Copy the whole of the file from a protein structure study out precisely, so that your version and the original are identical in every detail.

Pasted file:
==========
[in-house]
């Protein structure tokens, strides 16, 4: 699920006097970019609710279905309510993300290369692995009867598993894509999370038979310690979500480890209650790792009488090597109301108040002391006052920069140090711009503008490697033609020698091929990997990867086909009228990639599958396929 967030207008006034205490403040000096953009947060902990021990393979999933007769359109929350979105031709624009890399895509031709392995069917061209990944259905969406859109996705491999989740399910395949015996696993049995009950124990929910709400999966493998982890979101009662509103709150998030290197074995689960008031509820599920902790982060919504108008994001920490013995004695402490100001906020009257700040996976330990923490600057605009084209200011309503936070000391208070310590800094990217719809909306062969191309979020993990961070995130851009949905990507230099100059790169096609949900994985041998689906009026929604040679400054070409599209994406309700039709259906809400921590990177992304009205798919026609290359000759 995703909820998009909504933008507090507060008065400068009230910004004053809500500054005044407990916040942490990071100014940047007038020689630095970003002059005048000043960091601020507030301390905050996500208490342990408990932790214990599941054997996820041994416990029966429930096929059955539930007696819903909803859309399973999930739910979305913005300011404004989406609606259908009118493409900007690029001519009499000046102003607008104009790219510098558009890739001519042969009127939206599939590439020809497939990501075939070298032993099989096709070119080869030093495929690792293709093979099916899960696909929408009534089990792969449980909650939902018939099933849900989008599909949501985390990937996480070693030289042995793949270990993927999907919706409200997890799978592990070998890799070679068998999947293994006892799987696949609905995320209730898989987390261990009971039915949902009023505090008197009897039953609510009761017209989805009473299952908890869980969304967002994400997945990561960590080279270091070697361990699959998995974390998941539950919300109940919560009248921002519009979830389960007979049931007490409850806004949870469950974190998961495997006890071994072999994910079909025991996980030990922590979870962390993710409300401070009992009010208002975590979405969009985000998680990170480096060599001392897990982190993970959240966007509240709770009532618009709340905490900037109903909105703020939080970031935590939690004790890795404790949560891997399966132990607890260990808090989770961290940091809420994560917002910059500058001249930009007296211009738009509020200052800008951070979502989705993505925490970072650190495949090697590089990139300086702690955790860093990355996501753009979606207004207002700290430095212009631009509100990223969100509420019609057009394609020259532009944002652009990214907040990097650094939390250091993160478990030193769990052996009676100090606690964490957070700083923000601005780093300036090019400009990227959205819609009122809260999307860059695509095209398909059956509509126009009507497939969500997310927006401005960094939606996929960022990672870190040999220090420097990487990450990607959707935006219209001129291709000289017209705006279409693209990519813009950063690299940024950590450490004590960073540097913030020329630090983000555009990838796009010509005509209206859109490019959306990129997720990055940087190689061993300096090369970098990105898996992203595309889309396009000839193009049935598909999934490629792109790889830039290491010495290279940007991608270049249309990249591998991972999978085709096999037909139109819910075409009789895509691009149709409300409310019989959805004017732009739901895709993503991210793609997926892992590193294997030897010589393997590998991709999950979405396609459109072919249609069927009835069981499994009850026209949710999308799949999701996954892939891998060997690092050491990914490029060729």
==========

[in-house]
């Protein structure tokens, strides 16, 4: 699920006097970019609710279905309510993300290369692995009867598993894509999370038979310690979500480890209650790792009488090597109301108040002391006052920069140090711009503008490697033609020698091929990997990867086909009228990639599958396929 967030207008006034205490403040000096953009947060902990021990393979999933007769359109929350979105031709624009890399895509031709392995069917061209990944259905969406859109996705491999989740399910395949015996696993049995009950124990929910709400999966493998982890979101009662509103709150998030290197074995689960008031509820599920902790982060919504108008994001920490013995004695402490100001906020009257700040996976330990923490600057605009084209200011309503936070000391208070310590800094990217719809909306062969191309979020993990961070995130851009949905990507230099100059790169096609949900994985041998689906009026929604040679400054070409599209994406309700039709259906809400921590990177992304009205798919026609290359000759 995703909820998009909504933008507090507060008065400068009230910004004053809500500054005044407990916040942490990071100014940047007038020689630095970003002059005048000043960091601020507030301390905050996500208490342990408990932790214990599941054997996820041994416990029966429930096929059955539930007696819903909803859309399973999930739910979305913005300011404004989406609606259908009118493409900007690029001519009499000046102003607008104009790219510098558009890739001519042969009127939206599939590439020809497939990501075939070298032993099989096709070119080869030093495929690792293709093979099916899960696909929408009534089990792969449980909650939902018939099933849900989008599909949501985390990937996480070693030289042995793949270990993927999907919706409200997890799978592990070998890799070679068998999947293994006892799987696949609905995320209730898989987390261990009971039915949902009023505090008197009897039953609510009761017209989805009473299952908890869980969304967002994400997945990561960590080279270091070697361990699959998995974390998941539950919300109940919560009248921002519009979830389960007979049931007490409850806004949870469950974190998961495997006890071994072999994910079909025991996980030990922590979870962390993710409300401070009992009010208002975590979405969009985000998680990170480096060599001392897990982190993970959240966007509240709770009532618009709340905490900037109903909105703020939080970031935590939690004790890795404790949560891997399966132990607890260990808090989770961290940091809420994560917002910059500058001249930009007296211009738009509020200052800008951070979502989705993505925490970072650190495949090697590089990139300086702690955790860093990355996501753009979606207004207002700290430095212009631009509100990223969100509420019609057009394609020259532009944002652009990214907040990097650094939390250091993160478990030193769990052996009676100090606690964490957070700083923000601005780093300036090019400009990227959205819609009122809260999307860059695509095209398909059956509509126009009507497939969500997310927006401005960094939606996929960022990672870190040999220090420097990487990450990607959707935006219209001129291709000289017209705006279409693209990519813009950063690299940024950590450490004590960073540097913030020329630090983000555009990838796009010509005509209206859109490019959306990129997720990055940087190689061993300096090369970098990105898996992203595309889309396009000839193009049935598909999934490629792109790889830039290491010495290279940007991608270049249309990249591998991972999978085709096999037909139109819910075409009789895509691009149709409300409310019989959805004017732009739901895709993503991210793609997926892992590193294997030897010589393997590998991709999950979405396609459109072919249609069927009835069981499994009850026209949710999308799949999701996954892939891998060997690092050491990914490029060729």